I had one of those days yesterday. Not enough sleep and a headache. Heartache too. Then a wonderful friend reached out to me. Just a simple texted conversation but it helped me get off my duff and get moving. I knew I had deadlines to meet but I had just enough room to put them off for a day or two and work on something just for fun. I turned off the news and turned on some happy music.
I’ve had a bit of an impulsive buying spree lately. I really, really love linen clothing. The wrinkly loose and comfy kind, not the tailored starched, don’t-sit-down-or-you-will-wrinkle kind. I’ve gained enough weight in the past couple years that most of my clothes no longer fit. Along comes Fabrics-store.com and I’m in trouble because their linen is luscious. Don’t sign up for their newsletter, whatever you do. Every day they will send you a new sale item and you sit there imagining the things you want to make and somehow you end up buying the stuff even though you know you have no time to actually sew.
I turned off the news and cleared off my work table and spent the day playing. My favorite shape to dress my current body (skinny legs, pot gut) in is a loose, swingy top and leggings with boots. I took two of my current favorite tops and sort of cut around them to create a pattern. Well, actually, I didn’t even make a pattern first. I just laid the sleeve or the body of the shirt onto the fabric and cut away. I figure if it’s loose and big enough it will work. I followed the hood from one top and the raglan sleeves from another and just improvised on the shape from the bust down.
Am I the only one who gets a little thrill from only having this much fabric left over? There is something supremely satisfying about puzzling out the most efficient way to cut the cloth so that pretty much every useable bit is used up. Have you seen Dorothy Turnham’s book, “Cut My Cote“? Published in 1973 but my mom had it (and it sort of came to live with me) and I was always fascinated by the detailed diagrams of historical clothing and how every bit of cloth was utilized. That makes perfect sense when it might have been your own hundreds of hours that picked and prepared and spun and wove the cloth you were using.It’s been a while since I’ve sewn something to wear. I took pleasure in going slow. Well – actually – I almost never sew slowly. Perhaps deliberately is a better word. You can do “deliberate” pedal to the metal, right? I sewed interior French seams beautifully finished and pressed even though I had a serger sitting right there next to me. Although honestly – I probably just didn’t want to mess with changing the thread from black to white. And here’s a tip – do you use an edge stitching foot when making hems or topstitching seams? It’s the BEST. I end up sewing almost the entire garment with that foot on.So after wearing it around for a while I think I’m OK with it. I had no expectations of perfection and knew I was taking a chance without making a muslin first. The V neck spread wide instead of down so the arms and the hood are shifted back farther than I’d like. I thing I have just enough left to make two ties so that I could attach them at the front of the hood and tie them if it bothers me. The pocket openings are cut on the bias so they are gapping as well. I sewed clear elastic inside the hem there but I might add a decorative tuck. I sewed the same elastic inside edge of the hood because I didn’t feel like making a long linen tie and threading it through. Deliberate and lazy at the same time. Or – I just know where I choose to intensify my efforts and where to take short cuts.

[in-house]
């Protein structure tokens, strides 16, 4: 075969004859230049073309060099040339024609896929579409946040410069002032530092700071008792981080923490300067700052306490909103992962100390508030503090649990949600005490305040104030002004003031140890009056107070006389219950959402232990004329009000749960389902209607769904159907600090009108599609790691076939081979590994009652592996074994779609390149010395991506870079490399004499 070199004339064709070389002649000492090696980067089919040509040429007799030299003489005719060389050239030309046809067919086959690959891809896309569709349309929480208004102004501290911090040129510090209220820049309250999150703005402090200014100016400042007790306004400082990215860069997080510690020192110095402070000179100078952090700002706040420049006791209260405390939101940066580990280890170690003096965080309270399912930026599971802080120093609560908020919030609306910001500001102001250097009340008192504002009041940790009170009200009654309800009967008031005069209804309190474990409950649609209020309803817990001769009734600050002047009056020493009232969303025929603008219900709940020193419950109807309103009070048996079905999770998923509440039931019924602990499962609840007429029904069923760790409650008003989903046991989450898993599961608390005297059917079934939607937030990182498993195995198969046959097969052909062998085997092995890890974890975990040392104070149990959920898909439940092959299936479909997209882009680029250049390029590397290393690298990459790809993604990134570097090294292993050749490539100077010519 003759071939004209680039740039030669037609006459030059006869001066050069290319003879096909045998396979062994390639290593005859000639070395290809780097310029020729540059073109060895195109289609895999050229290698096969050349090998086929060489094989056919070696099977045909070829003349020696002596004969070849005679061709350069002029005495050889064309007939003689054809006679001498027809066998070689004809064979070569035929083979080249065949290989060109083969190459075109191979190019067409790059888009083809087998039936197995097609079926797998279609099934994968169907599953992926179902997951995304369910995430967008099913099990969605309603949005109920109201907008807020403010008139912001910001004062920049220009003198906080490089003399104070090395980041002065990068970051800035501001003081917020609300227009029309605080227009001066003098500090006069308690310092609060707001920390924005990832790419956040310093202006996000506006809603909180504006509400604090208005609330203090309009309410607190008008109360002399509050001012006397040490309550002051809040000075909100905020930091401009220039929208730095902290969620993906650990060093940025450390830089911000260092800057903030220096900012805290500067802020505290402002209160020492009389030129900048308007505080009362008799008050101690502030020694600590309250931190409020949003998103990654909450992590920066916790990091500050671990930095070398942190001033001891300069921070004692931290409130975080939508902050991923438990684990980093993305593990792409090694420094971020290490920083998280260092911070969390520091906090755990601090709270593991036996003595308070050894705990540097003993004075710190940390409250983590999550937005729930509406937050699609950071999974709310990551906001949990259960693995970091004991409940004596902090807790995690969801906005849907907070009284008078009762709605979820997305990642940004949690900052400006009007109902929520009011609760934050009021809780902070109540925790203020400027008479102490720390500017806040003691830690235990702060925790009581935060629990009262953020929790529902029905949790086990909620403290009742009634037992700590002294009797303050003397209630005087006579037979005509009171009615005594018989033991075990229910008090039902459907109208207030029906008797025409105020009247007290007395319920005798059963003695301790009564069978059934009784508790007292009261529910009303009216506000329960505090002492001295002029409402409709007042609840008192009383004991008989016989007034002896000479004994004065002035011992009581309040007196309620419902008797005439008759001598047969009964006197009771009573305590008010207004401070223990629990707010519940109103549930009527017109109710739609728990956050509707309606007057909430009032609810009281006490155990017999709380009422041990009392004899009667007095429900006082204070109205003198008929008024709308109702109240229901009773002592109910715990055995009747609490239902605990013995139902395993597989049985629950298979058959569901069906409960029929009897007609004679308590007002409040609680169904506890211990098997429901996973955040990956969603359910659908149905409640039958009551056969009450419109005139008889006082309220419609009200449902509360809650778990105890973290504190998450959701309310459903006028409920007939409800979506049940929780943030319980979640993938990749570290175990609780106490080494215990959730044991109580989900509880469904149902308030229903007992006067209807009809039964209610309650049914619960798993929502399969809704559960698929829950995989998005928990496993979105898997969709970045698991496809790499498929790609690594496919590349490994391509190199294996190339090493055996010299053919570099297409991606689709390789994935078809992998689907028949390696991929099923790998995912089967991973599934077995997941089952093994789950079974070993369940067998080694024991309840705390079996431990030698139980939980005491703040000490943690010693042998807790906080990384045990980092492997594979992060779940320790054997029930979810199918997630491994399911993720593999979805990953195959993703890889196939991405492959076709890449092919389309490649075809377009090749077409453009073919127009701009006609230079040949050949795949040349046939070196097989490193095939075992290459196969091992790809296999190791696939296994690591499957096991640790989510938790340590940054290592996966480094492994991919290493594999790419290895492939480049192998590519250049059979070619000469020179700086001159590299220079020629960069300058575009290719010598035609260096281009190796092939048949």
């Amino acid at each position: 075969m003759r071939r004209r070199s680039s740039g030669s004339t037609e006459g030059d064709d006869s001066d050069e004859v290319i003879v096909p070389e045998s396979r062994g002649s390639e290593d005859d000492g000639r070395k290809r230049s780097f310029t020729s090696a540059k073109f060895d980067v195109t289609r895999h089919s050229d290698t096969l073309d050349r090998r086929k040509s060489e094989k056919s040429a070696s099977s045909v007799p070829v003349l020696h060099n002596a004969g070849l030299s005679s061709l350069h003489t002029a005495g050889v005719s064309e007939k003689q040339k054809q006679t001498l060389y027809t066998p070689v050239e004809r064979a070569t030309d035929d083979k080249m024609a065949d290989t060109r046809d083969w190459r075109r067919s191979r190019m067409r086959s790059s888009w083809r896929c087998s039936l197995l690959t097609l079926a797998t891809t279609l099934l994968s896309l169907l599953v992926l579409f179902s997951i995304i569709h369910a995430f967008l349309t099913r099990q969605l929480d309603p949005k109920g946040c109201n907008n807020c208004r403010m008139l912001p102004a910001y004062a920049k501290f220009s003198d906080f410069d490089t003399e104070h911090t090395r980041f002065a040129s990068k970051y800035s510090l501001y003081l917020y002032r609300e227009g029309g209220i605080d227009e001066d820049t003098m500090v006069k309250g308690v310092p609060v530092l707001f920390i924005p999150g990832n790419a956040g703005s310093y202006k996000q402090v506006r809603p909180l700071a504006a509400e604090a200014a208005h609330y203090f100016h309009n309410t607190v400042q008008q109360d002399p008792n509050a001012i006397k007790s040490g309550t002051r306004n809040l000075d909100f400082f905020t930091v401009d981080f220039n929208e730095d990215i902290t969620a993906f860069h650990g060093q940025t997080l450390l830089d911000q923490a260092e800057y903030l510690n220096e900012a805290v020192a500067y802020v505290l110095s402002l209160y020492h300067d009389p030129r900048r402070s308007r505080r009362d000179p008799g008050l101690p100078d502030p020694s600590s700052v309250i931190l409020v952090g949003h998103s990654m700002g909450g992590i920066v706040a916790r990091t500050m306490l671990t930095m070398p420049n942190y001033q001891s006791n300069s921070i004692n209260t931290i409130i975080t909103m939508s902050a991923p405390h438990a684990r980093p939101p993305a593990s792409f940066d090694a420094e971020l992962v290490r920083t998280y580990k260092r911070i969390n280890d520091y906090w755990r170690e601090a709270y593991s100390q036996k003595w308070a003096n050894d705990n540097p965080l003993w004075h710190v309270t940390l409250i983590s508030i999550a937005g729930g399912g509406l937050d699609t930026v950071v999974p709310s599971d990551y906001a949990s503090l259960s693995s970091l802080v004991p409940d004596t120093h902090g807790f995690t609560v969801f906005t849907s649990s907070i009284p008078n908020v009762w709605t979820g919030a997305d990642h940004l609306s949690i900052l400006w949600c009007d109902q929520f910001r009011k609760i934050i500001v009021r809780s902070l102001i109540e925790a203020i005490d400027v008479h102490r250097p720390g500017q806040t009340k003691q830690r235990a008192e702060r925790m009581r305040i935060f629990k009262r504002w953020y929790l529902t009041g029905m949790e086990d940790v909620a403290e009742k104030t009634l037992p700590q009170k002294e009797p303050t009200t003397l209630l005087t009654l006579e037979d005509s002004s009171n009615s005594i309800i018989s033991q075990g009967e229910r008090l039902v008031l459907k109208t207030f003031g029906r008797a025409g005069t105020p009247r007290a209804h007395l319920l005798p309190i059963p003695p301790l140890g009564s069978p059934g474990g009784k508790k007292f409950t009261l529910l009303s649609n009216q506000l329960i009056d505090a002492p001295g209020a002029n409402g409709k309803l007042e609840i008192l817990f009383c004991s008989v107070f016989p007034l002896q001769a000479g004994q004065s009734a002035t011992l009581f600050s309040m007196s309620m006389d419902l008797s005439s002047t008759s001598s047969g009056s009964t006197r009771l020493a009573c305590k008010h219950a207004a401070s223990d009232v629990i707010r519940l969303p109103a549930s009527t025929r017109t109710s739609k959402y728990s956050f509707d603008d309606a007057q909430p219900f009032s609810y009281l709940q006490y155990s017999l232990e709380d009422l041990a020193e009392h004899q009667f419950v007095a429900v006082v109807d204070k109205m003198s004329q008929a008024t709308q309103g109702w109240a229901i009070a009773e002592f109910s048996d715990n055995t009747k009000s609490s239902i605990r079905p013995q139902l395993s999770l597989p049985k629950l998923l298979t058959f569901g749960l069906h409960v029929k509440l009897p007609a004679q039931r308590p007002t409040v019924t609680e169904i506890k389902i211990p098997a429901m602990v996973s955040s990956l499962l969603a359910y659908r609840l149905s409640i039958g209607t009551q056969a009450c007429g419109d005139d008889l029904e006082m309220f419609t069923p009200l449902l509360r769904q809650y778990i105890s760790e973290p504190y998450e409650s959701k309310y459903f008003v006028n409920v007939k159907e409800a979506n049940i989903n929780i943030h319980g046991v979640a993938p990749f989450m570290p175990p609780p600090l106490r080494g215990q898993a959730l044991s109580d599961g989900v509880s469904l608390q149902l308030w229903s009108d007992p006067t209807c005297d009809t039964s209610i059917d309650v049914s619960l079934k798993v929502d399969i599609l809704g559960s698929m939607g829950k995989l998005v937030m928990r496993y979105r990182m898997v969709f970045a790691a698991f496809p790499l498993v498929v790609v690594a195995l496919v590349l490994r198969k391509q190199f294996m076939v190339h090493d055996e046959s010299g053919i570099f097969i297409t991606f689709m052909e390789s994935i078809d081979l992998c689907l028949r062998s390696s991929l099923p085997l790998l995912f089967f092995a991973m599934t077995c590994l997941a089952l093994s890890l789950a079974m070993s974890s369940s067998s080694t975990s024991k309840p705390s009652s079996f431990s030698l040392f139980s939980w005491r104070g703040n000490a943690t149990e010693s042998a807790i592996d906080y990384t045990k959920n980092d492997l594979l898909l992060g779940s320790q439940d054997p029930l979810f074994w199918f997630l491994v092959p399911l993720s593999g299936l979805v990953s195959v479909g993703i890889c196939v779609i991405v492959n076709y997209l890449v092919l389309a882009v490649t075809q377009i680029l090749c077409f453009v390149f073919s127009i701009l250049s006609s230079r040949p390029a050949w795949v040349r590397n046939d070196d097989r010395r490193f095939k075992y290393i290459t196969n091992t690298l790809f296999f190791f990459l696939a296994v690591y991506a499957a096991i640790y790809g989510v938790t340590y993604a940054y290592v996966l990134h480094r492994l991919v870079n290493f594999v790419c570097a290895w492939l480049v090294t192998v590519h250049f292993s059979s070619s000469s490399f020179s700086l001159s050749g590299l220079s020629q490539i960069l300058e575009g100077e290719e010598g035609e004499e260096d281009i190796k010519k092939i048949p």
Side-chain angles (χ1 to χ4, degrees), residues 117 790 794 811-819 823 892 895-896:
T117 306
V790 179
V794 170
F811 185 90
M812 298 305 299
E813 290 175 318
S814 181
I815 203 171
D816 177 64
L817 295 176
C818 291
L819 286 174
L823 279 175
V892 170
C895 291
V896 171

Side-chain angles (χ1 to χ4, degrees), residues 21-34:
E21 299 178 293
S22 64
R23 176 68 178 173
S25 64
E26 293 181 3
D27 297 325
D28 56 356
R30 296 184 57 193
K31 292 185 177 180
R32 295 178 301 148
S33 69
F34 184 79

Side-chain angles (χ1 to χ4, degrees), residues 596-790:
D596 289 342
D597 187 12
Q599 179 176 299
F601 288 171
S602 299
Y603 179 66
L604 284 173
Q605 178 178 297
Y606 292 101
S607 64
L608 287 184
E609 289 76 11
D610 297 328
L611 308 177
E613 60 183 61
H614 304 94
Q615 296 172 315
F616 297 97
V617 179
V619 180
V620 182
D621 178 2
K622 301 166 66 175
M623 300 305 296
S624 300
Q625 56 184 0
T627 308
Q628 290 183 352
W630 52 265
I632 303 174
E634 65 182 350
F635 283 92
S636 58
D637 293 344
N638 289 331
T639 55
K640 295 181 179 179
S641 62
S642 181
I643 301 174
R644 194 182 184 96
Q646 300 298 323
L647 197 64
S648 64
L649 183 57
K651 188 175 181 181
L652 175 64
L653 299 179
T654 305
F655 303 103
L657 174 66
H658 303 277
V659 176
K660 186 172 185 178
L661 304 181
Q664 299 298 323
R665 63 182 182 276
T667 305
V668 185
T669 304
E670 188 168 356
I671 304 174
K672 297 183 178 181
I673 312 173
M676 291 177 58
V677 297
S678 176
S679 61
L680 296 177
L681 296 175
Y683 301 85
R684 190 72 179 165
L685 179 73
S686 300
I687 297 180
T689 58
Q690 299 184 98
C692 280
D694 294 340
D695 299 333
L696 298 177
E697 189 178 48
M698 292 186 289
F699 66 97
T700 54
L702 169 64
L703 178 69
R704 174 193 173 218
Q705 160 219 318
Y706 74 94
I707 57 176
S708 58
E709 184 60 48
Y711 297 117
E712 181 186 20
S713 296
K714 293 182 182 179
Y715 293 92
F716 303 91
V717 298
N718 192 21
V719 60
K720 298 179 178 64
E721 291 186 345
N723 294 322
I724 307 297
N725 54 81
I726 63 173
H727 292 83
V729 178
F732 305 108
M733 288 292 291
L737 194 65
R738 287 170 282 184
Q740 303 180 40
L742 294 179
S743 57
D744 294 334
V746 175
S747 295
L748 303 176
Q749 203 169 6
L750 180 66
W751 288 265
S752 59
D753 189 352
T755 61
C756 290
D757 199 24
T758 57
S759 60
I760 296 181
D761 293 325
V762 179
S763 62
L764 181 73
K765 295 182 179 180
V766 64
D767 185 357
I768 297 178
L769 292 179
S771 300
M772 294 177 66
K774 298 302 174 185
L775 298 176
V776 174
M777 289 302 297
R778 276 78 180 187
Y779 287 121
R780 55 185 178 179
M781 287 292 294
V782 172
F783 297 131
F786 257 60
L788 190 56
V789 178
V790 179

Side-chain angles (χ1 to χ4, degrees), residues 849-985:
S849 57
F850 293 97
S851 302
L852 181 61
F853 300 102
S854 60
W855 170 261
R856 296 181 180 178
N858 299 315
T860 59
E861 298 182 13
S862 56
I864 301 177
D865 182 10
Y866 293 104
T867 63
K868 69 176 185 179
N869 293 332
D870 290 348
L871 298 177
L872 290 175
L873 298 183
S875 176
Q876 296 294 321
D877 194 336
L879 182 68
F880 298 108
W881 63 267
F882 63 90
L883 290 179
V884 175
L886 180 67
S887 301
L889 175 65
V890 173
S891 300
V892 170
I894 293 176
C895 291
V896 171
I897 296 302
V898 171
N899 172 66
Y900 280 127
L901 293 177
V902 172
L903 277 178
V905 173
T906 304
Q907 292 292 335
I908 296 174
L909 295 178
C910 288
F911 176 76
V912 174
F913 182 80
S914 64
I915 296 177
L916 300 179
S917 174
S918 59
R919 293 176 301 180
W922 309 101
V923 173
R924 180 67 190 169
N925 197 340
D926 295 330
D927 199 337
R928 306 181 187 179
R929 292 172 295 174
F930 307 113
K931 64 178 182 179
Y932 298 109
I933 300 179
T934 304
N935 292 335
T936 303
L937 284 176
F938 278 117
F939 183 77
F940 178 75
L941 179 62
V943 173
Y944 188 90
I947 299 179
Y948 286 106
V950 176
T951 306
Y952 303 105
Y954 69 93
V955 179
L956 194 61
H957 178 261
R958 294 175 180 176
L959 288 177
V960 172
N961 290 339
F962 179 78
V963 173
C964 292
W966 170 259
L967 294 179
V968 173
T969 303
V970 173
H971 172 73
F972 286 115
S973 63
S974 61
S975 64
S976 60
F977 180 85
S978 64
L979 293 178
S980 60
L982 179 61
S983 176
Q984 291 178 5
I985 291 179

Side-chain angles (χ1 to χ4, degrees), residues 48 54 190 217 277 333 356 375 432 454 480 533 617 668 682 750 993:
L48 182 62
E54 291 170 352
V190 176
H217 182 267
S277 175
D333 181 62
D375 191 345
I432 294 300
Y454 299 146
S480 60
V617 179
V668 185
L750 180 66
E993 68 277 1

Can I encourage you to do something? Reach out to a friend. You never know how much that simple gesture can make a difference. Send a text. Pick up the phone. Write a letter. The world needs all the kindness it can get right now.